Taoism Initiation Page - Online Teachings for Home Study and Practice Master Lu Sayings Mistaken the False Disciple for the True One There are two kinds of people: those who follow the Tao without thinking about this, one may say, unconsciously. And those who try to follow the Tao through a constant effort, say, consciously.
Lao-tzu Biography Who Was Lao-tzu Almost everything we know about Lao-tzu comes from the Historical Records of Ssu-ma Ch'ien. Lao-tzu is also one of the basic characters of the Chuang-tzu's stories - unfortunately they are mostly fiction.
I Ching (Yi Jing, the Book of Changes) in James Legge's translation
Taoism, also known as Daoism, is an indigenous Chinese religion often associated with the Daode jing (Tao Te Ching), a philosophical and political text purportedly written by Laozi (Lao Tzu) sometime in the 3rd or 4th centuries B.C.E. The Daode jing focuses on dao as a "way" or "path" — that is, the appropriate way to behave and to lead others — but the Daode jing also refers to Tao as something that existed "before Heaven and Earth," a primal and chaotic matrix from which all forms emerged. Taoism did not exist as an organized religion until the Way of the Celestial Masters sect was founded in 142 C.E. by Zhang Daoling, who based the sect on spiritual communications from the deified Laozi. The Way of the Celestial Masters and other later sects of Taoism engaged in complex ritual practices, including devotion to a wide range of celestial divinities and immortals, and thousands of Taoist religious texts were produced over the centuries. Taoism Origins, Taoism History, Taoism Beliefs
Online religious book publisher seeks growth By Ramona Turner Posted: 08/11/2009 01:30:08 AM PDT Click photo to enlarge SANTA CRUZ -- When John Bruno Hare first set foot on the UC Santa Cruz campus in 1972 to study linguistics and anthropology, he never thought he'd wind up owning a Web site about world religions. "It was always one of those side projects I never really had time for," said the former full-time software engineer who lives in Santa Cruz. After leaving the high-tech world in the late 1990s, Hare launched Sacred-Texts.com, a non-denominational site featuring more than 2,000 rare, uncopyrighted religious books, some based on beliefs that date back to 5,000 B.C.
Sinological Institute, Leiden University, Netherlands with support from theInstitute of Chinese Studies (Heidelberg University), the Berlin State Library, and the German Research Foundation est.: 20 Nov 1995 / last update: 22 Jun 2009 / 1700+ main entries Editor: Hanno E. Lecher (Leiden University, The Netherlands) China WWW Virtual Library - Internet Guide for Chinese Studies (WWW VL/ANU/Heidelberg Univ.): Main Page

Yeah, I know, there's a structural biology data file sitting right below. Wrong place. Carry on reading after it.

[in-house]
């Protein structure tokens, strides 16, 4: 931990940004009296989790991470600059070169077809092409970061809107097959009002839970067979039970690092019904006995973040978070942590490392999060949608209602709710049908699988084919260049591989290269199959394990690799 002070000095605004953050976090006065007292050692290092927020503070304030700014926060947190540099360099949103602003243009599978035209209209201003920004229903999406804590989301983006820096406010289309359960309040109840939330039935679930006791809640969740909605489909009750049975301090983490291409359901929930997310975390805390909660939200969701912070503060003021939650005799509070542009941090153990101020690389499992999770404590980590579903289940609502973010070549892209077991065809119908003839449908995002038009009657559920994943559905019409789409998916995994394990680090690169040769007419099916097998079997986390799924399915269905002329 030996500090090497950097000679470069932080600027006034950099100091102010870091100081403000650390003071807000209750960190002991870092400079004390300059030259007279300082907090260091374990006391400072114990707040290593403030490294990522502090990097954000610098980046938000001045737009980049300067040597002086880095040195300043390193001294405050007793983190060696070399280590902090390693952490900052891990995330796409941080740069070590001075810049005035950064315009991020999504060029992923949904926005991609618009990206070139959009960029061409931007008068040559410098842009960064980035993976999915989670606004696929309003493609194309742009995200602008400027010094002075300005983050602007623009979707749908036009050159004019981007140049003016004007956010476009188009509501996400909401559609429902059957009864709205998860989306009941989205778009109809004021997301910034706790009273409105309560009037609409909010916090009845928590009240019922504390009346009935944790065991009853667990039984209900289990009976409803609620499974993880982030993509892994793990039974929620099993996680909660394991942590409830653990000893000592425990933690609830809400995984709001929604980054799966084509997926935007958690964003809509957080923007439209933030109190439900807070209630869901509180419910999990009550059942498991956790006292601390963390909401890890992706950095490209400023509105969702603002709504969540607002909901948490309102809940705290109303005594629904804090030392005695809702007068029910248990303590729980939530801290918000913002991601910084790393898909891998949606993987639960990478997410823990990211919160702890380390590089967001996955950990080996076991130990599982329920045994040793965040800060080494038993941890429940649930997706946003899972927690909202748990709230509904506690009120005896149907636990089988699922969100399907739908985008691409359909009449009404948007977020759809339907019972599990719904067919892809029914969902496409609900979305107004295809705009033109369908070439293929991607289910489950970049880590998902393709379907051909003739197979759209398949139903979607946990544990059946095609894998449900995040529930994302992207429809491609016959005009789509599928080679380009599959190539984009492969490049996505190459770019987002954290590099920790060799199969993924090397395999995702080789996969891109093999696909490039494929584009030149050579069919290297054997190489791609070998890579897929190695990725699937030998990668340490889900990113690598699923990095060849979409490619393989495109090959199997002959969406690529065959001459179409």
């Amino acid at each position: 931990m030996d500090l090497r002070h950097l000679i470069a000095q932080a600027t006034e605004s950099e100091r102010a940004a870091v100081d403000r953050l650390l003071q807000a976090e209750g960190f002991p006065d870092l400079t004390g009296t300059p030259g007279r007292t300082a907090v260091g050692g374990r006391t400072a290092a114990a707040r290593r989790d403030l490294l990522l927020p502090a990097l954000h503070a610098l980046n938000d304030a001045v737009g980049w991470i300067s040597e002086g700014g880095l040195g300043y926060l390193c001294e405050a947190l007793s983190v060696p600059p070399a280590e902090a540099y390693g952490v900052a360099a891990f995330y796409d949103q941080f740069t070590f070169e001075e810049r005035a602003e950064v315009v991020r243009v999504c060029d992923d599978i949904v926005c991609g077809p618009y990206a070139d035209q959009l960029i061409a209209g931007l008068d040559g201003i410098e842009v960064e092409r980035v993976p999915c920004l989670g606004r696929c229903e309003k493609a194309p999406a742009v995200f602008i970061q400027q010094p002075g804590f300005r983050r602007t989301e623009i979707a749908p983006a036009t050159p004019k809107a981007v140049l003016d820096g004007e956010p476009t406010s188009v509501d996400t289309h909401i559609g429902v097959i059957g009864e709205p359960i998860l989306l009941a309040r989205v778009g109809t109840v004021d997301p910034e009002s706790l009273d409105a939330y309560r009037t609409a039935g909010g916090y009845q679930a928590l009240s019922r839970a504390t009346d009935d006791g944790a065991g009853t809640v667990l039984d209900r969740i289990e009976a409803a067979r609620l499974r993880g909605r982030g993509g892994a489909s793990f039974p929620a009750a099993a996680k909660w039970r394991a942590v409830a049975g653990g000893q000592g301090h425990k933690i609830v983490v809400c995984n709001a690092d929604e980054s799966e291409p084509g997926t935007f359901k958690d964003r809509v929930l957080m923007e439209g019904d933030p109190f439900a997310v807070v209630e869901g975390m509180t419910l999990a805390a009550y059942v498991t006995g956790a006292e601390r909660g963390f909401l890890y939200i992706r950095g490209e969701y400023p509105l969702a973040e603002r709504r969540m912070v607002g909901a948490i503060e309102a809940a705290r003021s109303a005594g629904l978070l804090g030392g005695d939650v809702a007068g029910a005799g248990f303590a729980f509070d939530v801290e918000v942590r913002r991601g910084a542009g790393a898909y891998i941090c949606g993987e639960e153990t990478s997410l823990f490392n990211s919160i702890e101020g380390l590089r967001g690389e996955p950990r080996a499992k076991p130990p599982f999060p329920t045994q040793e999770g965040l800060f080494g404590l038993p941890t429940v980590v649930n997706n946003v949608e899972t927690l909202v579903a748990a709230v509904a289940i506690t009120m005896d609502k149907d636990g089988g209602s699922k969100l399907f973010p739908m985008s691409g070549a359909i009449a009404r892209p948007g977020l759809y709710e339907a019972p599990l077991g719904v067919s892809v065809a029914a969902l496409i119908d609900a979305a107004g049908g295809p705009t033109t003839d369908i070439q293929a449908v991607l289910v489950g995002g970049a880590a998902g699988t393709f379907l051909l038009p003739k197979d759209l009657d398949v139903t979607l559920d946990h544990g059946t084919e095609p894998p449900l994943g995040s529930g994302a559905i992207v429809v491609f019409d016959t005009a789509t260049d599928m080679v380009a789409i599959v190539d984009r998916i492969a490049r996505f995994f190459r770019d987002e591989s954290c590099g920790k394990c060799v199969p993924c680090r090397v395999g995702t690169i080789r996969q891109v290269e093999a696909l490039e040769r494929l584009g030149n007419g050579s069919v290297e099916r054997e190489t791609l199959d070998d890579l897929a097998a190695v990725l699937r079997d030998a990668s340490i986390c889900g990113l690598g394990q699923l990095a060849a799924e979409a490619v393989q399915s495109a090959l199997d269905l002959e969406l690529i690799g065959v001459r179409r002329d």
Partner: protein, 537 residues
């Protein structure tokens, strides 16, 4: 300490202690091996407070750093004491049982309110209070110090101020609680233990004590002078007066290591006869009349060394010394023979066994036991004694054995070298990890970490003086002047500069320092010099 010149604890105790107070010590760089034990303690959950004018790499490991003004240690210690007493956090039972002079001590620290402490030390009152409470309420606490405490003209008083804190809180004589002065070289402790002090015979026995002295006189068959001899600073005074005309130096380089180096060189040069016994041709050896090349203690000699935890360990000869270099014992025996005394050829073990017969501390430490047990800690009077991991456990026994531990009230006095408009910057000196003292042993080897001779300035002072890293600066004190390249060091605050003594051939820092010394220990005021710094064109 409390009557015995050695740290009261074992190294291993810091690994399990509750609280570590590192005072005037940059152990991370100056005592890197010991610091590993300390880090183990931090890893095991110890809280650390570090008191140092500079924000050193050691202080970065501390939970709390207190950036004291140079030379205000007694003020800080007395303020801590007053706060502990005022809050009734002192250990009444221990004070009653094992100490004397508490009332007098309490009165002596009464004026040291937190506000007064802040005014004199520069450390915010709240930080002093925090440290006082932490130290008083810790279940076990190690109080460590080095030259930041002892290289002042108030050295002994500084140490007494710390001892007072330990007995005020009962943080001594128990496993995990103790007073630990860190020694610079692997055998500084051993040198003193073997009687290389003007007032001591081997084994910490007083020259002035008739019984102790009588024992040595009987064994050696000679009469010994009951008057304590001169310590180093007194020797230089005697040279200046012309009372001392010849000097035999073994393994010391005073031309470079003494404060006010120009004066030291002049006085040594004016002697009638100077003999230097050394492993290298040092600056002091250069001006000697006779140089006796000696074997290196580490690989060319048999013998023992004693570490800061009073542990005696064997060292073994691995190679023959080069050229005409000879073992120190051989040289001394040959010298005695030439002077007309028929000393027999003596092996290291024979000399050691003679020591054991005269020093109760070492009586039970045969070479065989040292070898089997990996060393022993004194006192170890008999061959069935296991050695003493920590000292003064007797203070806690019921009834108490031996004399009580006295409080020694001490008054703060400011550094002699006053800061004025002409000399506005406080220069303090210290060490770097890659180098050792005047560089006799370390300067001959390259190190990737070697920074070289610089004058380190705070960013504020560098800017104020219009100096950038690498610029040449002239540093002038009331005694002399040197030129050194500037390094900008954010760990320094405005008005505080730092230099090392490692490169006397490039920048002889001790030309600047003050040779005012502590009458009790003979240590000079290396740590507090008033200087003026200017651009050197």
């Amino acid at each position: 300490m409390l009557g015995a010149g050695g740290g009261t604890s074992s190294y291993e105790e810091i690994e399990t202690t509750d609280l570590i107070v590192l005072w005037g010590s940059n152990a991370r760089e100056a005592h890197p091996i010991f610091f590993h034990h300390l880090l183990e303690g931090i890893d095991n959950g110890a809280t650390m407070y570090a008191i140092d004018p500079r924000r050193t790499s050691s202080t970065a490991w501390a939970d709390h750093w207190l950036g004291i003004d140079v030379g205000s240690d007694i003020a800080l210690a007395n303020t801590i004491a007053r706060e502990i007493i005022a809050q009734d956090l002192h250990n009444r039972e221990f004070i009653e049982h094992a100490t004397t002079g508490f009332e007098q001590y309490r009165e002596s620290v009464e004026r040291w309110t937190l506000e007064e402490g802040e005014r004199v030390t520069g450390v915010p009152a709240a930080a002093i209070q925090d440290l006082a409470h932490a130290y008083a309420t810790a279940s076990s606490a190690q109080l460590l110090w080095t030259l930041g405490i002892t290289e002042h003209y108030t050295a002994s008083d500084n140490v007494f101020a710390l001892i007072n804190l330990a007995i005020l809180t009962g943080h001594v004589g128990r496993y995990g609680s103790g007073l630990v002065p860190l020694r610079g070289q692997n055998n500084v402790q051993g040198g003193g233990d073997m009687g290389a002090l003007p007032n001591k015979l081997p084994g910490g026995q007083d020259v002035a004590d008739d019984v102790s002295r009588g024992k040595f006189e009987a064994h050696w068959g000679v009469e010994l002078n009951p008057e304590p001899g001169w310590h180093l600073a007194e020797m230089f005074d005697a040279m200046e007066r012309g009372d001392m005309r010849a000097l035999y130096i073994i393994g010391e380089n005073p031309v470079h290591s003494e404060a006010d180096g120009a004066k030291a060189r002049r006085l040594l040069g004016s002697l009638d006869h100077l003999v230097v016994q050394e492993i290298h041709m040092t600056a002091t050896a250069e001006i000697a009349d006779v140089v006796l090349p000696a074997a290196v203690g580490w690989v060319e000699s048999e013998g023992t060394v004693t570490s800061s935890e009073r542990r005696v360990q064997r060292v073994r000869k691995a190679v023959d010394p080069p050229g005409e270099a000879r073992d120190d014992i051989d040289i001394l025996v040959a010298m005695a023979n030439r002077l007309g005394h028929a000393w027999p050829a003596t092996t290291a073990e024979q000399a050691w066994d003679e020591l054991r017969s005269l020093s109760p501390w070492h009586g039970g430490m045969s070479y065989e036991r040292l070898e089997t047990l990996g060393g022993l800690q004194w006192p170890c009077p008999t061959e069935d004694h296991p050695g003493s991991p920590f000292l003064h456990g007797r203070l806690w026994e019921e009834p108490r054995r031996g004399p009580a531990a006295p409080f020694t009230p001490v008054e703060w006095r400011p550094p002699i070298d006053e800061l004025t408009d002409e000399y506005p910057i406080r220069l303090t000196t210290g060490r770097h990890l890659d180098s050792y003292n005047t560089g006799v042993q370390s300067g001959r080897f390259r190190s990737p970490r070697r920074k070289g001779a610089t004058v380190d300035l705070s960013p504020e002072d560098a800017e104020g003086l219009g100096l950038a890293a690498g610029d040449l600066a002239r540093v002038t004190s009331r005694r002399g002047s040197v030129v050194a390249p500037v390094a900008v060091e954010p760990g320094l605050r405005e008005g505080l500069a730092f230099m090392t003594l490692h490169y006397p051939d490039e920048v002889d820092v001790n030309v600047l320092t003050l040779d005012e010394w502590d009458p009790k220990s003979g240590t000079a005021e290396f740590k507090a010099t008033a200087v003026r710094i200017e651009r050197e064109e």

Taoism Virtual Library
BBC Radio 4 Programmes - In Our Time, Daoism FURTHER READING Eva Wong, 'Taoism' (Shambhala, 1996) Martin Palmer, 'The Elements of Daoism' (Element, 1991) James Miller, 'Daoism: A Short Introduction' (Oneworld, 2003) Ronnie L. Littlejohn, 'Daoism: An Introduction' (London: I B Tauris, 2009) Martin Palmer, 'The Book of Chuang Tzu (Compass)' (Penguin, 1996) 'Daodejing', translated with Notes by Edmund Ryden, with an Introduction by Benjamin Penny (Oxford: OUP, 2008) 'Tao Te Ching', translated by D.C. Lau (Penguin Classics) Arthur Waley and Li Chih-Ch’ang, 'The Travels of an Alchemist: Journey of the Taoist Ch’ang-Chun from China to the Hindu Kush' (SMC Publishing Inc, 2000) Fabrizio Pregadio, ed., 'The Encyclopedia of Taoism' (London: Routledge, 2008) Stephen Little, ed., with Shawn Eichman, 'Taoism and the Arts of China' (Chicago: The Art Institute of Chicago, 2000) A.
Taoist rite at the Qingyanggong (Bronze Ram Temple) in Chengdu, Sichuan. Taoism, or Daoism, is a philosophical, ethical, and religious tradition of Chinese origin that emphasizes living in harmony with the Tao (also romanized as Dao). The term Tao means "way", "path" or "principle", and can also be found in Chinese philosophies and religions other than Taoism.